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Why is music and sound effects louder than dialogue in movies?


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Hi fellows.

 

When watching movies, especially streaming ones, do you find it annoying that the movies’ music and sound effects are much louder than dialogues? Is there any way to improve this?

 

Thanks in advance for any help.

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I have considered that, at least in my case, the overwhelming M&E is due to the fact that I listen to my TV through two speakers.  I know, old skool but if the dialog is, at least, mixed LCR, am I losing the dialog because I have no "C"?

 

I'd o LCR if I had somewhere not so completely ugly as the only place to put a center speaker.  I just live with it, but it's a "thing" for certain.

 

D.

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4 hours ago, tourtelot said:

I have considered that, at least in my case, the overwhelming M&E is due to the fact that I listen to my TV through two speakers.  I know, old skool but if the dialog is, at least, mixed LCR, am I losing the dialog because I have no "C"?

 

I'd o LCR if I had somewhere not so completely ugly as the only place to put a center speaker.  I just live with it, but it's a "thing" for certain.

 

D.

Like I said--the downmix should work well if the 5.1 mix was good.  If the mix doesn't work in stereo then it probably didn't work in 5.1 either.

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8 hours ago, tourtelot said:

am I losing the dialog because I have no "C"?


Short answer is no.  I have a 5.1 setup with a dead tweeter in the centre speaker.  I routinely make my dialogue more audible by switching to a stereo downmix.  A default downmix mixes C into both L & R if C isn't present.

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I'd venture a guess, based on my short experience in post on short turnarounds:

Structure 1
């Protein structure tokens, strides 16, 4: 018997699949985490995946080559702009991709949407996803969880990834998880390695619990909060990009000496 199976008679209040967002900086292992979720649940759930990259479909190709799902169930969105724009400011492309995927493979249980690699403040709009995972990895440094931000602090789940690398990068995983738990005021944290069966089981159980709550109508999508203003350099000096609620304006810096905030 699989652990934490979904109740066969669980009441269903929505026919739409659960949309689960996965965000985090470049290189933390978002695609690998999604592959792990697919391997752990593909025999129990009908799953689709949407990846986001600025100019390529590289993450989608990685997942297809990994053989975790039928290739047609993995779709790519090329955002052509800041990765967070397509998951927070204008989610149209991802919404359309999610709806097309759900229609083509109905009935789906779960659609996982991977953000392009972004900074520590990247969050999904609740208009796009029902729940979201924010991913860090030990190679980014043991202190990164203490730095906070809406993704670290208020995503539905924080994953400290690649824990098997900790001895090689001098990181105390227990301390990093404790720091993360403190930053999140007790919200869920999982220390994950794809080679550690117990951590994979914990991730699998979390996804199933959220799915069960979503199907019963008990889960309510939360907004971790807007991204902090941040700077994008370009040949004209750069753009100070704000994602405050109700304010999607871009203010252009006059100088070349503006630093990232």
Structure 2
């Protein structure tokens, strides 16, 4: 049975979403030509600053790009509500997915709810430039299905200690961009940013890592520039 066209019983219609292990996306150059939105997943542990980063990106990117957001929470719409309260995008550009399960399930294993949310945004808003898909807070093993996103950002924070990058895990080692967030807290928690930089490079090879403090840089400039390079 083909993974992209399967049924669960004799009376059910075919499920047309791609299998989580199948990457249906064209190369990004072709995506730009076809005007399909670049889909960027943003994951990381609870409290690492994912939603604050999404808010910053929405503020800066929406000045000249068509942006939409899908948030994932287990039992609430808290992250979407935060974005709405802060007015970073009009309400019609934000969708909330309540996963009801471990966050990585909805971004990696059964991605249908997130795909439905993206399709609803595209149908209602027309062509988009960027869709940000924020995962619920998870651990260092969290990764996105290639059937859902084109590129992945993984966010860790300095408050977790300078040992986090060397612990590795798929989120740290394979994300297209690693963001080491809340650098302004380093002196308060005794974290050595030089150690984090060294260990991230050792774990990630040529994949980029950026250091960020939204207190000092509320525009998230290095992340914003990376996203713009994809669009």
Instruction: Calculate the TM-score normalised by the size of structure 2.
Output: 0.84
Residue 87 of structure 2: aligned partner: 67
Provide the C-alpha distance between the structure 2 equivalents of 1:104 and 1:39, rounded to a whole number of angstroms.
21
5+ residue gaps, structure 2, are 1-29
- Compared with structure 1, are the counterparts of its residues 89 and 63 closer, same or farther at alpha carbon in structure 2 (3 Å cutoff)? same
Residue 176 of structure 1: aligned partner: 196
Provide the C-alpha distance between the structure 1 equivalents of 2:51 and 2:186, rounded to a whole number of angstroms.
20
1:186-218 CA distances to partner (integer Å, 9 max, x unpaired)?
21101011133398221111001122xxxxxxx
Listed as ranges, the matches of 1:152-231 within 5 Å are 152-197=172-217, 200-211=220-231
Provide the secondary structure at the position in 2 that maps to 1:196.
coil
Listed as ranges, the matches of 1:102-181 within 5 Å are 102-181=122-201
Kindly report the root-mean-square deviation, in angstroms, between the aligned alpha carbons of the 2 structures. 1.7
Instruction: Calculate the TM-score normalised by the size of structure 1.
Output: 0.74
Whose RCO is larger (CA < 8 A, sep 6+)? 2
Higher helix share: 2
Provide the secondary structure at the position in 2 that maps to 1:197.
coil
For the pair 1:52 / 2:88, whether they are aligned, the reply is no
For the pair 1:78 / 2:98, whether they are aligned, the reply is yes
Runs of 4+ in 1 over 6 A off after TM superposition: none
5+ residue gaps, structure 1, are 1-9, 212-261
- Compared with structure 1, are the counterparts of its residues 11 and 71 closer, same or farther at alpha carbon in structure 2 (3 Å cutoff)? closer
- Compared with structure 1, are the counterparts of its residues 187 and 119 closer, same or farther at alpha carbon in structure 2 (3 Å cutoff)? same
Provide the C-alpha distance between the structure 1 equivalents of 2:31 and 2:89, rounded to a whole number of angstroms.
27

Everything is mixed in huge (at least that's my experience) rooms with very good acoustics, comfortable listening levels etc. Then when everything is edited and goea into final mix, there's not enough time to actually go through every line and every syllable to make them audible. Instead you put a chain of compressors and dynamic eqs on each channel of dialog, make that stem have a nice reading on the meter, maybe even out and level some runaway lines.

Then the fx and music comes in and you do the same kind of deal and you just look at the meters cause that's all you have time for, sort of. The music might even be pre-mixed  and have a good loudness level, but the meters and LUFS readings have to match so that the dynamic range isn't too big or whatnot.

 

This is an extreme case, but I have seen at least one mixer churn out episodes this way, year after year. And they all sound not good. 
 

But I have to say I don't really agree with mixes. I watch netflix and HBO a lot and I have no issues at all. The times I do have issues is more like artistic choice with low dialog or mumbling actors. 
 

 

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Now that you mention the font size of that OP message is awfully suspicious! 
 

hopfully not fanning bot flames but on this subject i know it has been mentioned before but for the wife n i - subtitles are becoming the norm, if only to confirm what we think we hear
 

 

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  • 3 weeks later...

I don't buy the thought of low speaking talent, per se. That's what faders are for. However the frequency response difference between someone talking very low and that same person projecting can be markedly different. 

This conversation happens in circles with live bands and also mixing music for whatever these days has replaced CDs and vinyl. I rarely go out for music anymore, but when I did, it wasn't unusual for the vocals to be buried. Part of that is style (which I don't care for) and part of it is that if/when the band turns up, at some point you can't push the vocal any higher without causing feedback in the PA. 

In the case of mixing for release, I think the problem is usually a vocalist who is shy about his/her vocal ability (and they may be correct.) The other problem us that everyone in the band KNOWS THE WORDS. As a mixer, I don't, so if a vocal phrase gets lost, I want to do something to make it audible. 

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